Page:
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3 Reasons Why Your Sales Floor Is Too Quiet and What to Do About It

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One of my primary objectives is to unify key departments within companies to drive business growth, and diagnosing issues in the sales department is often my first step. One problem I can sense immediately when I step onto a sales floor is what I have dubbed “Quiet Selling Syndrome.”

I get squirmy when I walk into a room with outside salespeople because of two things: the salespeople are all there, and it’s too quiet.

I’m not expecting those frenetic scenes from movies like Wolf of Wall Street, Boiler Room, and The Pursuit of Happyness. Though very realistic of those periods, we’ve come a long way from most of those intense sales tactics.

Shawn Karol Sandy smiling with the logo of the selling agency
(Shawn Karol Sandy, Founder & Chief Revenue Officer of The Selling Agency)

How much time are salespeople actually spending engaging with customers?

Still, the phone is the number one tool for sales communication, with 92% of customer interactions taking place over the phone. So when I’m walking through a room full of sellers at 10:30 am on a Tuesday and see everyone staring at their computers, I can’t help but think we have identified a probable cause for slow revenue.

According to Alexander Group, the average salesperson spends less than 15% of their time engaging with customers and building relationships. Sounds crazy, but it’s true.

I’ve observed and shadowed dozens of sales pros to see how they spend their day, and the results might make your toes curl.

But what are the sales reps doing?

When I step onto a quiet sales floor, my first instinct is to find out what’s keeping the sales reps from engaging with customers. After all, the sales floor should be buzzing with activity, not shrouded in silence.

To understand the root of this issue, I’ve spoken directly with sales reps and discovered a range of activities that occupy their time—most of which are far removed from direct selling. Here’s what they shared:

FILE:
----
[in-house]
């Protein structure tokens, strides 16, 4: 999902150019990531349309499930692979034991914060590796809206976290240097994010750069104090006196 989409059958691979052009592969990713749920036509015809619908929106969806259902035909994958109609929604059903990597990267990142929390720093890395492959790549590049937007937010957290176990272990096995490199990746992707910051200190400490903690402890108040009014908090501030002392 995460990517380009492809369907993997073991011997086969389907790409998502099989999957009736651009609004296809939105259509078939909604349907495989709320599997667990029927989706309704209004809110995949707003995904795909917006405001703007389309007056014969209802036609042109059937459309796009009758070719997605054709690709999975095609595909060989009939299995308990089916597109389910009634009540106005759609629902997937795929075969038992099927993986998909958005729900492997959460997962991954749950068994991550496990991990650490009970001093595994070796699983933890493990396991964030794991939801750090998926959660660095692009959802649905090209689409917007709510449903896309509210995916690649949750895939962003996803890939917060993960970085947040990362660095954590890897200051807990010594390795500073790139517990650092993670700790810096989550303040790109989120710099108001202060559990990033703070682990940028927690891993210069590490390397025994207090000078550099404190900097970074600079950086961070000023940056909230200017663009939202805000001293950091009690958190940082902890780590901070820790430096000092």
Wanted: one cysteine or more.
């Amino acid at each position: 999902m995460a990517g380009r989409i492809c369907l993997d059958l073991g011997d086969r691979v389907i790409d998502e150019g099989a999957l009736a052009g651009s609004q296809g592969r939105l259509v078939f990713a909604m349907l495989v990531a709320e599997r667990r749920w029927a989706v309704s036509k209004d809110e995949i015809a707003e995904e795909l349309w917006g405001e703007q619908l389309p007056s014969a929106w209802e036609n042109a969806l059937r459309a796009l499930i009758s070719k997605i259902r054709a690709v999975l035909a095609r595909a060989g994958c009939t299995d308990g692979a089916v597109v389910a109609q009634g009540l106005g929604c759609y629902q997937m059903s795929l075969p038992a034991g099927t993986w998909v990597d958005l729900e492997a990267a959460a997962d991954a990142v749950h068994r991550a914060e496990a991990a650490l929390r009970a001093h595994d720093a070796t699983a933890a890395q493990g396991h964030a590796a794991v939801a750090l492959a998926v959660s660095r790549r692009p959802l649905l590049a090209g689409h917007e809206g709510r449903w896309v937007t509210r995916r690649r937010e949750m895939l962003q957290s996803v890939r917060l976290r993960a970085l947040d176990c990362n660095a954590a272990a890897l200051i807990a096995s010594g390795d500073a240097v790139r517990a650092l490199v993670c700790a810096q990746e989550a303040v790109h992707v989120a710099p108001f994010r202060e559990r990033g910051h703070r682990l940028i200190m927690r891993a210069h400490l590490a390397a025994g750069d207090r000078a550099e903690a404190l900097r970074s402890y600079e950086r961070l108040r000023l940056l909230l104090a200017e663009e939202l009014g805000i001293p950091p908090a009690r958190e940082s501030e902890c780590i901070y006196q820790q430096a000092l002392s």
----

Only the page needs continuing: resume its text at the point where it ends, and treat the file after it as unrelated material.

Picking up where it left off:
• Researching prospects
  • Crafting emails
  • Answering internal emails
  • Connecting on LinkedIn
  • Engaging on social media
  • Filling out reports
  • Prepping for calls
  • Logging activity in their CRM
  • Talking to other salespeople about prospects and deals in progress
  • Handling operations issues around client orders
  • Dealing with billing/accounting issues for current clients
  • Complaining about crappy leads
  • Complaining about lack of leads
  • Complaining about the website
  • In meetings
  • In training
  • Reviewing performance metrics
  • Creating proposals
  • Following up on administrative tasks
  • Attending networking events

Wow. Sounds like a lot of ways to avoid picking up the phone and talking to people.

And for outbound sales programs, this is a circular problem.

When salespeople spend so much time on non-selling activities, the sales floor becomes too quiet, leading to slower revenue growth.

Why is everyone sitting here, behind their computers, in the office?

Because they don’t have any meetings. They’re not getting face-to-face with prospective new customers because they’re not picking up the phone—which is where you make meetings happen.

Many sellers today are hiding behind their desks. They’re cowering behind email—hoping their magic messages create incredible responses (which, truthfully, can happen, occasionally, and with stellar efforts).

They’re spending a lot of “hope” on social media thinking “likes and shares” will win them favor with their 2,329 connections. They’re hesitant to make calls without all the right information and are researching prospects to death—which, of course, yields zero results.


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There are 3 root causes to “Quiet Selling Syndrome”

1. Sales process

If your sellers spend their time doing everything BUT contacting prospective customers, part of the problem might be that they are lost or lack direction in a sales process.